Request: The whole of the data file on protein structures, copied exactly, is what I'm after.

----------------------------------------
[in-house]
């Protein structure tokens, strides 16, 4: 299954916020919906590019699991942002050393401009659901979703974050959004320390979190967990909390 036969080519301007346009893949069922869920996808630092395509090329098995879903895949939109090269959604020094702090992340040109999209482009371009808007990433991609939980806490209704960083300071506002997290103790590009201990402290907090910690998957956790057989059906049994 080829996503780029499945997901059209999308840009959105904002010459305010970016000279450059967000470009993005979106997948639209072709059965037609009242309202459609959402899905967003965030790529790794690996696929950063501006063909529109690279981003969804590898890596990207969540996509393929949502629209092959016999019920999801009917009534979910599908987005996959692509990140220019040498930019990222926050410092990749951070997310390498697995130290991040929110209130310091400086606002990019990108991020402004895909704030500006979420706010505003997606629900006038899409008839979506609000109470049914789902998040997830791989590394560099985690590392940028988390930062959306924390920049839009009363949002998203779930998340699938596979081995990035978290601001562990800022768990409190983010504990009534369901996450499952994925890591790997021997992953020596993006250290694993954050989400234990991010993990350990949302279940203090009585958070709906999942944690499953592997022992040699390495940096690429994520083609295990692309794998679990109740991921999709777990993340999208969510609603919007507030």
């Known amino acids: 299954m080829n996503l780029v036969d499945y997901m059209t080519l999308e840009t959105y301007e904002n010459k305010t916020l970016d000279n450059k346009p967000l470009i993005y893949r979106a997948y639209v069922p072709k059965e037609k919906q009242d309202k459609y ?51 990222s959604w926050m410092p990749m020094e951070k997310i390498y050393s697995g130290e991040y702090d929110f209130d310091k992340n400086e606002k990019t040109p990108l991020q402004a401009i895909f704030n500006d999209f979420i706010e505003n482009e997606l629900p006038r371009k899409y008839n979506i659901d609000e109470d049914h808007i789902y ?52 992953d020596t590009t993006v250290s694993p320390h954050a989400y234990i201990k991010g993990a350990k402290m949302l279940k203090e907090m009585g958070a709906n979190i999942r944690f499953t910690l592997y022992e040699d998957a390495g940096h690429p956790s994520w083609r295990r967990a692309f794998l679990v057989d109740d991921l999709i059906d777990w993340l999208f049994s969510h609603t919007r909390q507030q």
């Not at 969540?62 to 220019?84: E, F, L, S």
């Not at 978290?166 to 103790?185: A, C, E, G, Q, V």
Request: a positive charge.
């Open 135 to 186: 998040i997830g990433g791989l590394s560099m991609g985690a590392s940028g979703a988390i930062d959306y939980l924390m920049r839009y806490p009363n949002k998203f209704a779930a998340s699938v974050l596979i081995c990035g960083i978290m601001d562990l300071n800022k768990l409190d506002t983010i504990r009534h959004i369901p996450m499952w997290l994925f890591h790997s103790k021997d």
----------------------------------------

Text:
[in-house]
């Protein structure tokens, strides 16, 4: 299954916020919906590019699991942002050393401009659901979703974050959004320390979190967990909390 036969080519301007346009893949069922869920996808630092395509090329098995879903895949939109090269959604020094702090992340040109999209482009371009808007990433991609939980806490209704960083300071506002997290103790590009201990402290907090910690998957956790057989059906049994 080829996503780029499945997901059209999308840009959105904002010459305010970016000279450059967000470009993005979106997948639209072709059965037609009242309202459609959402899905967003965030790529790794690996696929950063501006063909529109690279981003969804590898890596990207969540996509393929949502629209092959016999019920999801009917009534979910599908987005996959692509990140220019040498930019990222926050410092990749951070997310390498697995130290991040929110209130310091400086606002990019990108991020402004895909704030500006979420706010505003997606629900006038899409008839979506609000109470049914789902998040997830791989590394560099985690590392940028988390930062959306924390920049839009009363949002998203779930998340699938596979081995990035978290601001562990800022768990409190983010504990009534369901996450499952994925890591790997021997992953020596993006250290694993954050989400234990991010993990350990949302279940203090009585958070709906999942944690499953592997022992040699390495940096690429994520083609295990692309794998679990109740991921999709777990993340999208969510609603919007507030």
């Known amino acids: 299954m080829n996503l780029v036969d499945y997901m059209t080519l999308e840009t959105y301007e904002n010459k305010t916020l970016d000279n450059k346009p967000l470009i993005y893949r979106a997948y639209v069922p072709k059965e037609k919906q009242d309202k459609y ?51 990222s959604w926050m410092p990749m020094e951070k997310i390498y050393s697995g130290e991040y702090d929110f209130d310091k992340n400086e606002k990019t040109p990108l991020q402004a401009i895909f704030n500006d999209f979420i706010e505003n482009e997606l629900p006038r371009k899409y008839n979506i659901d609000e109470d049914h808007i789902y ?52 992953d020596t590009t993006v250290s694993p320390h954050a989400y234990i201990k991010g993990a350990k402290m949302l279940k203090e907090m009585g958070a709906n979190i999942r944690f499953t910690l592997y022992e040699d998957a390495g940096h690429p956790s994520w083609r295990r967990a692309f794998l679990v057989d109740d991921l999709i059906d777990w993340l999208f049994s969510h609603t919007r909390q507030q």
């Not at 969540?62 to 220019?84: E, F, L, S």
């Not at 978290?166 to 103790?185: A, C, E, G, Q, V």
Request: a positive charge.
């Open 135 to 186: 998040i997830g990433g791989l590394s560099m991609g985690a590392s940028g979703a988390i930062d959306y939980l924390m920049r839009y806490p009363n949002k998203f209704a779930a998340s699938v974050l596979i081995c990035g960083i978290m601001d562990l300071n800022k768990l409190d506002t983010i504990r009534h959004i369901p996450m499952w997290l994925f890591h790997s103790k021997d």